Nursing Care Plan (NCP) for Infective Conjunctivitis / Pink Eye

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Outline

Pathophysiology

Conjunctivitis, commonly referred to as “pink eye”, is an infection of the membrane that covers the eye and lines the eyelids (conjunctiva). Infective pink eye, caused by a virus or bacteria, normally occurs in only one eye, although it can spread to both eyes. Pinkeye is very contagious and is easily spread through poor hand hygiene, which is why it is so common in children.  

Etiology

Conjunctivitis in newborns is most often caused by Escherichia coli, Klebsiella pneumonia, or Staphylococcus epidermis from the vaginal flora during childbirth, although herpes simplex, gonorrhea, and chlamydia infections may also be the cause. Older children with bacterial conjunctivitis are primarily caused by H influenza (Hib) and cannot be prevented with the vaccine.  

Desired Outcome

The patient will be free from infection; the patient will have no change or loss of vision; the patient will be free from pain and discomfort

Infective Conjunctivitis / Pink Eye Nursing Care Plan

Subjective Data:

  • Itching of the eye(s)
  • Pain in the eye(s)
  • Sensitivity to light

Objective Data:

  • Erythema of one or both eyes
  • Swelling of the eyelid(s)
  • Crusty appearance around the eye(s)
  • Watery discharge from the eye
  • Purulent drainage (yellow or green) from the eye

Nursing Interventions and Rationales

  • Assess eyes and vision Assess for signs of ear infection
  The common signs of pink eye are erythema and clear or purulent discharge. Vision loss is not typical but may be distorted or blurred. Otitis media is a common co-infection and symptoms may overlap
  • Assess vitals
  Get baseline and help determine if there is an underlying systemic infection. Pink eye usually does not present with a fever.
  • Use proper PPE and disinfect all equipment per facility protocol
  Bacterial and viral conjunctivitis are spread through contact. Disinfect all equipment to prevent cross-contamination from other patients.
  • Obtain history from patient and parents, depending on the patient’s age
  Determine if others in the home have similar symptoms. Isolate the patient from these family members. Does the patient attend school or daycare where it is easy to pick up germs and bacteria? How long has the patient had symptoms?
  • Apply a warm compress over eye
  Make sure the compress is moist and warm (not hot) to help relieve discomfort.
  • Instill drops and apply ointments to eyes as necessary. Administer medications as required
  Antibiotic drops or ointments are used to treat bacterial infections. Antihistamines, decongestants, and steroids may also be given to relieve symptoms
  • Encourage patient to remain home from school or daycare for approximately 7 days
  Pink eye infections are highly contagious and easily spread through contact. Isolating the patient from other children will prevent the continued spread of the illness.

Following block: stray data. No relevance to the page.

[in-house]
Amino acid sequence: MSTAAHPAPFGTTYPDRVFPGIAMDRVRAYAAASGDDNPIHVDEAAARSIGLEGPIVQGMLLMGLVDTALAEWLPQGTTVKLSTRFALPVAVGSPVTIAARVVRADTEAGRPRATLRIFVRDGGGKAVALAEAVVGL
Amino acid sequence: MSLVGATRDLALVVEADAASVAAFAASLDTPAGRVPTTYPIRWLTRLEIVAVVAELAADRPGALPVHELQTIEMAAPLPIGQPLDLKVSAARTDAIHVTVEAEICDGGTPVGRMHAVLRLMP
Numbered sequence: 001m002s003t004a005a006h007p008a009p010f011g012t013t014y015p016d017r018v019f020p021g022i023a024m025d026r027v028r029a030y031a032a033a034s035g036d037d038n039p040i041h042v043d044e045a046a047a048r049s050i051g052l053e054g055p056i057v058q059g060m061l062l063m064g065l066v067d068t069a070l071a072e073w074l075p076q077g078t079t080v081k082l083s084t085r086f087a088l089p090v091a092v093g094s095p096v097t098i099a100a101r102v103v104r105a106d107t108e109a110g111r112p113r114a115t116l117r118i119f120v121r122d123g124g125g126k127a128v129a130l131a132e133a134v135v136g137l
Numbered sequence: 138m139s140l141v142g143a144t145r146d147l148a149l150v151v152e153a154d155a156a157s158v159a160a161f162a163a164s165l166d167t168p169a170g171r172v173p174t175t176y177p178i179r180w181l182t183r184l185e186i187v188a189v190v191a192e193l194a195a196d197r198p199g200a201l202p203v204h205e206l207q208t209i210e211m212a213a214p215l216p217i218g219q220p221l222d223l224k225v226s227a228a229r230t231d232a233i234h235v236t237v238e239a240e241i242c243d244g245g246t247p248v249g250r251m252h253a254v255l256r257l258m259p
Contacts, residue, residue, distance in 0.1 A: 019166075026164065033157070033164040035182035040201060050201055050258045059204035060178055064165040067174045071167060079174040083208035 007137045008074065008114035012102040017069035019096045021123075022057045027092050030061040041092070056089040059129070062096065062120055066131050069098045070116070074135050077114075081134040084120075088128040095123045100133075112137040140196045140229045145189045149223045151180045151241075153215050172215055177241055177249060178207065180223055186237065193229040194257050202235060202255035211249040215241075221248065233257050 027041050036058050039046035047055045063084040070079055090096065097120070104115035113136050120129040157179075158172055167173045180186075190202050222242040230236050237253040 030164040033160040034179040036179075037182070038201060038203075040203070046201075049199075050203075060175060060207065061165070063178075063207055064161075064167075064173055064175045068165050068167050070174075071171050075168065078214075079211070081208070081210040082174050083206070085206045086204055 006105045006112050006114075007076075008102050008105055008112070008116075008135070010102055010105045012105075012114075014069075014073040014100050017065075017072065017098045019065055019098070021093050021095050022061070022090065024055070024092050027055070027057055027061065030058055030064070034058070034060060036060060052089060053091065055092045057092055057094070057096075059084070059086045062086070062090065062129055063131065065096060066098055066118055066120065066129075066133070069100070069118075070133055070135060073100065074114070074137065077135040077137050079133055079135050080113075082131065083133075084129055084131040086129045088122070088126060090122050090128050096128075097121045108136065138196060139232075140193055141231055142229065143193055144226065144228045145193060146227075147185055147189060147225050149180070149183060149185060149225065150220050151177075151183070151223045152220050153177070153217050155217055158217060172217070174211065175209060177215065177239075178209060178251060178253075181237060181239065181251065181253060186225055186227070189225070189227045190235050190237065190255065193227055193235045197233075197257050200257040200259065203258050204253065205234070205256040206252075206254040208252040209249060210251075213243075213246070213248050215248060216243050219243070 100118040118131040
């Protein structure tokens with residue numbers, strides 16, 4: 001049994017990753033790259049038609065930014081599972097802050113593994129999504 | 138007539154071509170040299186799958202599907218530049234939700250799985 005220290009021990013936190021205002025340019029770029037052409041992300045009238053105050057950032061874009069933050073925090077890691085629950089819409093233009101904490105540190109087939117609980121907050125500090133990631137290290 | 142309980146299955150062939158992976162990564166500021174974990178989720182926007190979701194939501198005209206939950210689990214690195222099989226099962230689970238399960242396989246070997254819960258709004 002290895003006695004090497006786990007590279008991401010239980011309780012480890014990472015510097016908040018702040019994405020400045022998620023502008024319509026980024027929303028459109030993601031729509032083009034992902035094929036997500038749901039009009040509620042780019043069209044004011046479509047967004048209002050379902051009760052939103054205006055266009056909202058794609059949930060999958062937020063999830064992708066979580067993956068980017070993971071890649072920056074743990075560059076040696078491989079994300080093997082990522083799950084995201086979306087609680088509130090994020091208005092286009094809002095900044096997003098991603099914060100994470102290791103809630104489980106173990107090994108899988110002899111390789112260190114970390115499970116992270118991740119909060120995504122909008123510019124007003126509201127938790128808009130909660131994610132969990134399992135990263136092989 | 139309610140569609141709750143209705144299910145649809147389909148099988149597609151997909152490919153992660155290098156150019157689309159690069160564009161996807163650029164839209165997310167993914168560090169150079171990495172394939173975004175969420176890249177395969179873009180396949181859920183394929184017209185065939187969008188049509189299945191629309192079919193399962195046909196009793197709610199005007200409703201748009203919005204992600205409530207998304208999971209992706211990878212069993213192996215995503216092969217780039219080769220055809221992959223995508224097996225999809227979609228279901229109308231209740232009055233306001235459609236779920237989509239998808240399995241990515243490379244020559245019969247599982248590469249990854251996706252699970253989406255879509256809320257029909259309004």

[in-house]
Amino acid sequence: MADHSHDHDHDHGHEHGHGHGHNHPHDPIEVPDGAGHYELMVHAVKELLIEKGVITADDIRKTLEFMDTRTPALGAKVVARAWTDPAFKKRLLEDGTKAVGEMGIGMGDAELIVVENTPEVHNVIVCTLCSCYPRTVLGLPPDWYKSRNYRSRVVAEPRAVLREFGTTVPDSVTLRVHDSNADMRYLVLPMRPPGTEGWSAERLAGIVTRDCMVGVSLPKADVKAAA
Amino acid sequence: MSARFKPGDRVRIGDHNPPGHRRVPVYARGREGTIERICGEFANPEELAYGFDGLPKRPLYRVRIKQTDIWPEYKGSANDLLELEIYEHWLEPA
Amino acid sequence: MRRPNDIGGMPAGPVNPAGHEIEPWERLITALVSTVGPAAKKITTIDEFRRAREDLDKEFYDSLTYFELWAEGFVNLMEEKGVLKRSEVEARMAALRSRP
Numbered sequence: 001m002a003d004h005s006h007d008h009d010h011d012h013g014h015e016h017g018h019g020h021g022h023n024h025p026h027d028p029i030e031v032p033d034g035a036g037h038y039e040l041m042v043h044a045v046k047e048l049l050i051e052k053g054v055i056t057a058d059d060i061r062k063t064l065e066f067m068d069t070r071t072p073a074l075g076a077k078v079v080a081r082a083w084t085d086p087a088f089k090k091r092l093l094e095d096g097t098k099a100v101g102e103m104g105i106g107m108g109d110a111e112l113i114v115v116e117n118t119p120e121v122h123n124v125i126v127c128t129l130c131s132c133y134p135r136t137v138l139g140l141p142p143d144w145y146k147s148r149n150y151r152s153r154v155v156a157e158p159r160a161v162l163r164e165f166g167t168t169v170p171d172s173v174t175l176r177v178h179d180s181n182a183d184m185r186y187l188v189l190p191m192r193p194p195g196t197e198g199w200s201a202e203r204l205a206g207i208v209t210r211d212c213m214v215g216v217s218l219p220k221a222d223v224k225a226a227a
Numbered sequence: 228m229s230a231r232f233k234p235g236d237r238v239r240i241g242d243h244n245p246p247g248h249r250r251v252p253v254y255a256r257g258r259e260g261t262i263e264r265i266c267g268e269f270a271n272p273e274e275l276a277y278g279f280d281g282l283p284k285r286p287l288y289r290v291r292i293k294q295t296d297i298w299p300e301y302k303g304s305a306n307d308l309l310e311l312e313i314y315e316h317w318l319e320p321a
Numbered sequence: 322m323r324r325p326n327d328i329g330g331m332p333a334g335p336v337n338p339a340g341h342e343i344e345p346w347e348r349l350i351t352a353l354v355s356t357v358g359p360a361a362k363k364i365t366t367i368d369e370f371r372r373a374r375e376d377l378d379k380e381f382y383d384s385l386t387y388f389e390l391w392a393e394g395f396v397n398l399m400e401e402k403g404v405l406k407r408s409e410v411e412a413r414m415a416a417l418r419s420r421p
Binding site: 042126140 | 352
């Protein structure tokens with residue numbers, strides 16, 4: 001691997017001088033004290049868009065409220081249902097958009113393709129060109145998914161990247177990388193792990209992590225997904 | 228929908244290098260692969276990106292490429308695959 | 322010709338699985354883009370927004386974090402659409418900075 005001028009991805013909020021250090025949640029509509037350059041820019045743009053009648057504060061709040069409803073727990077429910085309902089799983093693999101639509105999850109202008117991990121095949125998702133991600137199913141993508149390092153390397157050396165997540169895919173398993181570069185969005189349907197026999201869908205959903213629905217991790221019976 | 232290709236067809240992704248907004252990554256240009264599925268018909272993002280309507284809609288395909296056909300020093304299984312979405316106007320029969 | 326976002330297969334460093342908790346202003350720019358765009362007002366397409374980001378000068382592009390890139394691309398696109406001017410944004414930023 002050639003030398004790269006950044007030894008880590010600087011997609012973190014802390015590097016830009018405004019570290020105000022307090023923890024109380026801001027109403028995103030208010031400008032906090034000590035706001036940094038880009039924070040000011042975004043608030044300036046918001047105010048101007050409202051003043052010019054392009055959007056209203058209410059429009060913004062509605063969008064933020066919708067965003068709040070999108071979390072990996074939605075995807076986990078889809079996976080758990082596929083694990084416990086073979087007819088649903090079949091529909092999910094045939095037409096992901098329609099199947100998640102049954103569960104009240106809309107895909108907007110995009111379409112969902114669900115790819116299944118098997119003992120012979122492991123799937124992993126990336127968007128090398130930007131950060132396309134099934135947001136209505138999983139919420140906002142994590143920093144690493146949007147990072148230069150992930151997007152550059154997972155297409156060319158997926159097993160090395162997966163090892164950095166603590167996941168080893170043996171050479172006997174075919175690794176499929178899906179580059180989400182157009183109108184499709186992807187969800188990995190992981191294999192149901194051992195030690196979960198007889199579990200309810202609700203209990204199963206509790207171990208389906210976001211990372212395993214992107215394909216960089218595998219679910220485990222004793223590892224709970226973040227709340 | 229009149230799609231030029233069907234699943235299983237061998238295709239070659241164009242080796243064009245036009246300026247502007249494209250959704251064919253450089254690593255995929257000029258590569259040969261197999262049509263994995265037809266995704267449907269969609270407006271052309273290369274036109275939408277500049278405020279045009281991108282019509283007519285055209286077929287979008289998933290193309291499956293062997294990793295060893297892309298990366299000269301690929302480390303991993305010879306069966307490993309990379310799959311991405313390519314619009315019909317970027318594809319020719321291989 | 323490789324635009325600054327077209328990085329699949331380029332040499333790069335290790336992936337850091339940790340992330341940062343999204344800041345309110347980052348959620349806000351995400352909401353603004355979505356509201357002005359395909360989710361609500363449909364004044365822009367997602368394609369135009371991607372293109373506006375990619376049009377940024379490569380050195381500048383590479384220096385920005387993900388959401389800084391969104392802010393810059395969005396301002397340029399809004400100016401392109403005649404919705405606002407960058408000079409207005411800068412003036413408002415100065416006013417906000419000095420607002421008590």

• Educate patients and parents/caregivers of proper hygiene and how to prevent further spread of infection:
    • Avoid rubbing the eye(s)
    • Clean eye discharge with a tissue (dispose of carefully)
    • Do not share towels or clothing with others
    • Teach parent to instill eye drops or apply ointments at home for continued treatment
  Help patients and parents/caregivers understand the importance of proper care and hygiene to prevent the spread of infection to other children or family members. Correct installation of eye drops, and the correct administration of medications is imperative for optimal therapeutic benefit.

Writing a Nursing Care Plan (NCP) for Infective Conjunctivitis / Pink Eye

A Nursing Care Plan (NCP) for Infective Conjunctivitis / Pink Eye starts when at patient admission and documents all activities and changes in the patient’s condition. The goal of an NCP is to create a treatment plan that is specific to the patient. They should be anchored in evidence-based practices and accurately record existing data and identify potential needs or risks.


References

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Transcript

Let’s create a care plan for infective conjunctivitis. Conjunctivitis, or what’s commonly referred to as pink eye, is an infection of the membrane that covers the eye in lies, the eyelid, or the conjunctivitis. In fact, pink eye is caused by a virus or bacteria. It normally occurs in one eye, although it can spread to both eyes. Pink eye is very contagious and it’s easily spread through poor hand hygiene, which is why it’s so common in children. Uh, some nursing considerations are, we want to assess the eyes and assess the vision. While vision loss is not common, it can occur. We want to educate patients on precautions and we want to educate the parents on how to stop the spread and to perform proper hand hygiene. The desired outcome is for the patient to be free from infection. The patient will have no change or loss of vision, and the patient will be free from pain and discomfort.